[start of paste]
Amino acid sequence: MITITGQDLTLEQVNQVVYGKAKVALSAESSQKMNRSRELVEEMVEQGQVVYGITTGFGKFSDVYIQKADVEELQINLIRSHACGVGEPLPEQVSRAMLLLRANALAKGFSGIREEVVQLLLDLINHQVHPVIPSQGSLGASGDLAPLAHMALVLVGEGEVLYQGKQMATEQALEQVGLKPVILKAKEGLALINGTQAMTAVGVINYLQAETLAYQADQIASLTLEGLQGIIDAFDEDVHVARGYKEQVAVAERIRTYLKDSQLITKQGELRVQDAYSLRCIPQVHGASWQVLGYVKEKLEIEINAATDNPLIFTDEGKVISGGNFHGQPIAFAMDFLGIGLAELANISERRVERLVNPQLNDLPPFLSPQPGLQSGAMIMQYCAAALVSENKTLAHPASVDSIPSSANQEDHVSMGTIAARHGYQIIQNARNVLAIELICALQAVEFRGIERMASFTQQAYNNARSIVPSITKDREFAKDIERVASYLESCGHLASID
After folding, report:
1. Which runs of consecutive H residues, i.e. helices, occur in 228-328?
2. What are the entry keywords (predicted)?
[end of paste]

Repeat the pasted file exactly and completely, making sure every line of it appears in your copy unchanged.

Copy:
Amino acid sequence: MITITGQDLTLEQVNQVVYGKAKVALSAESSQKMNRSRELVEEMVEQGQVVYGITTGFGKFSDVYIQKADVEELQINLIRSHACGVGEPLPEQVSRAMLLLRANALAKGFSGIREEVVQLLLDLINHQVHPVIPSQGSLGASGDLAPLAHMALVLVGEGEVLYQGKQMATEQALEQVGLKPVILKAKEGLALINGTQAMTAVGVINYLQAETLAYQADQIASLTLEGLQGIIDAFDEDVHVARGYKEQVAVAERIRTYLKDSQLITKQGELRVQDAYSLRCIPQVHGASWQVLGYVKEKLEIEINAATDNPLIFTDEGKVISGGNFHGQPIAFAMDFLGIGLAELANISERRVERLVNPQLNDLPPFLSPQPGLQSGAMIMQYCAAALVSENKTLAHPASVDSIPSSANQEDHVSMGTIAARHGYQIIQNARNVLAIELICALQAVEFRGIERMASFTQQAYNNARSIVPSITKDREFAKDIERVASYLESCGHLASID
After folding, report:
1. Which runs of consecutive H residues, i.e. helices, occur in 228-328?
2. What are the entry keywords (predicted)?